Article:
While none of the official Chinese readouts mentioned Korean Peninsula issues specifically, Wang and Lavrov may also have exchanged notes on their approaches to North Korea, given the upcoming trip to Pyongyang by Politburo Standing Committee member Zhao Leji. Zhao, who is also the chair of the National People’s Congress Standing Committee, will be visiting North Korea from April 11-13 “to pay an official goodwill visit and attend the opening ceremony of ‘China-DPRK Friendship Year.’”

According to Mao, the Chinese Foreign Ministry spokesperson, the trip “reflects the deep friendship between the two countries and the great importance China attaches to its relations with the DPRK,” the formal name for North Korea.

“We believe that with the joint efforts of both sides, the visit will be a full success and further deepen bilateral ties,” Mao added.

Zhao will be the highest-ranking Chinese official to visit since North Korea shut its borders during the pandemic, ending even diplomatic exchanges. Xi Jinping himself visited Pyongyang in 2019, but since then, China has fallen noticeably behind Russia in exchanges with North Korea.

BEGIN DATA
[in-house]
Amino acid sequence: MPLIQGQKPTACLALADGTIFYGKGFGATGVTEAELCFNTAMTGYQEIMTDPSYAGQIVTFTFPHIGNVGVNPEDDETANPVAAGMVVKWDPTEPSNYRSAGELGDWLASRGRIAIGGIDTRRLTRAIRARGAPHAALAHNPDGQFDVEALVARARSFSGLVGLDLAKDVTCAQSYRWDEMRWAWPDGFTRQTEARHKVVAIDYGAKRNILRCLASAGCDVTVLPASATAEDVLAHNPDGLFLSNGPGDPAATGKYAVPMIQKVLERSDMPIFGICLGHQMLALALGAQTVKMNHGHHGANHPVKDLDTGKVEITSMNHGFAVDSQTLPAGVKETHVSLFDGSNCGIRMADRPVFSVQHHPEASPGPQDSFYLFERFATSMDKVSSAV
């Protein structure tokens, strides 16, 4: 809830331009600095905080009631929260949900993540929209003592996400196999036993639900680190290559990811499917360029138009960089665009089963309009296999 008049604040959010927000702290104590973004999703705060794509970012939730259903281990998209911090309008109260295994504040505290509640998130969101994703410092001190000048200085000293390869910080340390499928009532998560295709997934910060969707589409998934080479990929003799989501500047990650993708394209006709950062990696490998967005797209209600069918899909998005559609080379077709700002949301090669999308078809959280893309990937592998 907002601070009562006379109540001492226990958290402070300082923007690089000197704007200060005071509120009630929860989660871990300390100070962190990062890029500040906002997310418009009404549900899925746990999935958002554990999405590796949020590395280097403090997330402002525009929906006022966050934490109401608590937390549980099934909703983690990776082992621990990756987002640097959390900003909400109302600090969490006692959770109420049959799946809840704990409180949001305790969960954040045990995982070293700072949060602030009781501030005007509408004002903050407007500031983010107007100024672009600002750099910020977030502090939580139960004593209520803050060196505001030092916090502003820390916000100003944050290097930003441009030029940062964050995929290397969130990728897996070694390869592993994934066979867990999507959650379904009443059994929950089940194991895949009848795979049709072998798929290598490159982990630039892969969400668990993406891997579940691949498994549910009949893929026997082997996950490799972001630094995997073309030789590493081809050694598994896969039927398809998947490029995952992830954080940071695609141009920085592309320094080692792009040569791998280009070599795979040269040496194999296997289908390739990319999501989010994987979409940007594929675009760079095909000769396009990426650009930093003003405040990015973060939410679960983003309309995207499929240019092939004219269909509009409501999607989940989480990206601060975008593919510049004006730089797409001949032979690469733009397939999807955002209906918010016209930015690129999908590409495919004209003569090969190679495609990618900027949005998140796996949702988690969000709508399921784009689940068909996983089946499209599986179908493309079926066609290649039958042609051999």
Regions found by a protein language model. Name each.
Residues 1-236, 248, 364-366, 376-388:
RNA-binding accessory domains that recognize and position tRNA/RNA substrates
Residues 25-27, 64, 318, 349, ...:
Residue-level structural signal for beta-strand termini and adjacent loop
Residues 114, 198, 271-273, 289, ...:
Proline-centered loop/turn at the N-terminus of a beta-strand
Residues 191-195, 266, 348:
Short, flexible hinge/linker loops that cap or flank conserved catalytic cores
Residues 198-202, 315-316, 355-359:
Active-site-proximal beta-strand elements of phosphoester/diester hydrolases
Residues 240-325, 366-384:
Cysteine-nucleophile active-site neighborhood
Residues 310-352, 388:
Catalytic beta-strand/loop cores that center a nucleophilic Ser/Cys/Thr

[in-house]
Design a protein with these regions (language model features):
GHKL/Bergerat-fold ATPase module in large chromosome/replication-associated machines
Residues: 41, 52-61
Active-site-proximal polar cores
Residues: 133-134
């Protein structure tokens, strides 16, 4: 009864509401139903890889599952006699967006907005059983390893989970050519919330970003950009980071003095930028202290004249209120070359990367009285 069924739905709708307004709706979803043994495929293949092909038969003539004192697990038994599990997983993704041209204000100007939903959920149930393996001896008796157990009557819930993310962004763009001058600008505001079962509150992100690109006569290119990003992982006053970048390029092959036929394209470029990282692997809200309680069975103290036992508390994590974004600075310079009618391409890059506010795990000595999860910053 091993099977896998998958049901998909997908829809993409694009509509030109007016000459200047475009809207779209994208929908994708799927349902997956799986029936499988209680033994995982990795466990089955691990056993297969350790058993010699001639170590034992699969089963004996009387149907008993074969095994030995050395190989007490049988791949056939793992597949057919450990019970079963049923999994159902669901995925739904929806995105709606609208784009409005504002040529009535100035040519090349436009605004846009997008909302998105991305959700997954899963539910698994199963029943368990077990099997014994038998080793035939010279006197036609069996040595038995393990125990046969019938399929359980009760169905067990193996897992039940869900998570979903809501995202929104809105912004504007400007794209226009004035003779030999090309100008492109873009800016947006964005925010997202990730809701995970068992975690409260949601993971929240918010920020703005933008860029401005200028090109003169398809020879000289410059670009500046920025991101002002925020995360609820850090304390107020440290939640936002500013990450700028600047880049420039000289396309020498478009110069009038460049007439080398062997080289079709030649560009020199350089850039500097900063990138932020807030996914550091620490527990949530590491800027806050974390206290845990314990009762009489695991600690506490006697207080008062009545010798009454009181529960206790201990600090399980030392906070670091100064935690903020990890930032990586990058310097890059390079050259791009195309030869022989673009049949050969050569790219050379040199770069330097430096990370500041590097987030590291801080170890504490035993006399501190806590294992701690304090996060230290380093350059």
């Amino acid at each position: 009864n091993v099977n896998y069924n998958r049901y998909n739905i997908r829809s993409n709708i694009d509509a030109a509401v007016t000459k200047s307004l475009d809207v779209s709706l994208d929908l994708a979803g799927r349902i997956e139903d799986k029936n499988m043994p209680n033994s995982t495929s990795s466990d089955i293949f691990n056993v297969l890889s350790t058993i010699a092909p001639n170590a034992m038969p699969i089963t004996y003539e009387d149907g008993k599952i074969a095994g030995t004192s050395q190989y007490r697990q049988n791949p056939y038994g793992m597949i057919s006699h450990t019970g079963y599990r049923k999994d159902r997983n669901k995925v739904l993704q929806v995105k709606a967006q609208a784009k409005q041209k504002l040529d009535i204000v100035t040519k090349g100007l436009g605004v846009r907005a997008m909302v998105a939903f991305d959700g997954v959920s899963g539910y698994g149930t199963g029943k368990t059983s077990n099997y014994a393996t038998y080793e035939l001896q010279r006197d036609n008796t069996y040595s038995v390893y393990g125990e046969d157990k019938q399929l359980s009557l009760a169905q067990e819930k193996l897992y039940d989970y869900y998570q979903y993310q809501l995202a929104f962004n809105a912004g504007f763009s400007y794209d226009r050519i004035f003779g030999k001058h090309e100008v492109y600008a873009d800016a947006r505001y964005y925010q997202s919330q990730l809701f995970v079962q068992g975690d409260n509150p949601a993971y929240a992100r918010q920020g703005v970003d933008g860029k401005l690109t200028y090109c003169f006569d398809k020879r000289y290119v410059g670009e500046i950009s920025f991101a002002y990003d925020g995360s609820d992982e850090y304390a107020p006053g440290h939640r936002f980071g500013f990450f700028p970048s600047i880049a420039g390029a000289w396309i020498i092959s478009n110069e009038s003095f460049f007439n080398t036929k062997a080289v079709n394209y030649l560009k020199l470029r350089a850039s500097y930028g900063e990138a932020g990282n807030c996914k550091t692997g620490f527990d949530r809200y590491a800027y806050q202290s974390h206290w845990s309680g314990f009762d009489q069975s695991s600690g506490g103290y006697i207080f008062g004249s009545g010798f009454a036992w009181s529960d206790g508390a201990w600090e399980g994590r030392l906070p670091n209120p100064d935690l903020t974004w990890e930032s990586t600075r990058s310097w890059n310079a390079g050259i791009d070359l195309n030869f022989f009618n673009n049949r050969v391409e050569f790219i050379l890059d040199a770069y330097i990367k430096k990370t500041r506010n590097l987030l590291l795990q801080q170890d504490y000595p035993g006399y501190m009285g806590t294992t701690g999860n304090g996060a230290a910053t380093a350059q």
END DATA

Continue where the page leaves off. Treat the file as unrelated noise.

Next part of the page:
Lavrov and Russian Defense Minister Sergei Shoigu both visited North Korea in 2023, and Supreme Leader Kim Jong Un visited Russia in September 2023. Meanwhile, Wang Yi hasn’t been to the country since 2019. Prior to Zhao’s visit this week, the highest-ranking Chinese official to visit North Korea in the past five years was Vice Premier Liu Guozhong, who made a trip to Pyongyang in September 2023 to attend celebrations marking the 75th anniversary of North Korea’s founding. Vice Foreign Minister Sun Weidong also visited Pyongyang in January 2024.

Even on people-to-people exchanges, Russia has nudged China aside. A plane full of Russians marked North Korea’s return to hosting international tourists, though most analysts had expected Chinese tourists would be the first to return.

A number of analysts have speculated that China, Russia, and North Korea are forming a trilateral partnership to counter the United States’ own strengthening network of minilateral groupings in the region – including the Japan-Philippines-U.S. trilateral to meet tomorrow, as well as the Japan-South Korea-U.S. trilateral, the Quad, and AUKUS.

However, others have suggested that China’s slow-rolling of diplomatic exchanges with North Korea – at least compared to the frenetic pace of Russia-North Korea meetings – represents a certain reluctance on Beijing’s part. Moscow is in desperate need of the ammunition and military exports North Korea can supply to continue its war in Ukraine; for Beijing, the cost-benefit analysis of a close partnership with Pyongyang is less clear. North Korea has little to offer in advancing Beijing’s goal of reforming the international order, nor can it contribute much to bolstering China’s flagging economy.

In that context, Zhao’s trip to North Korea is noteworthy, as it could signal an increased willingness in Beijing to openly embrace a partnership with Pyongyang – and potentially a trilateral arrangement that also includes Russia.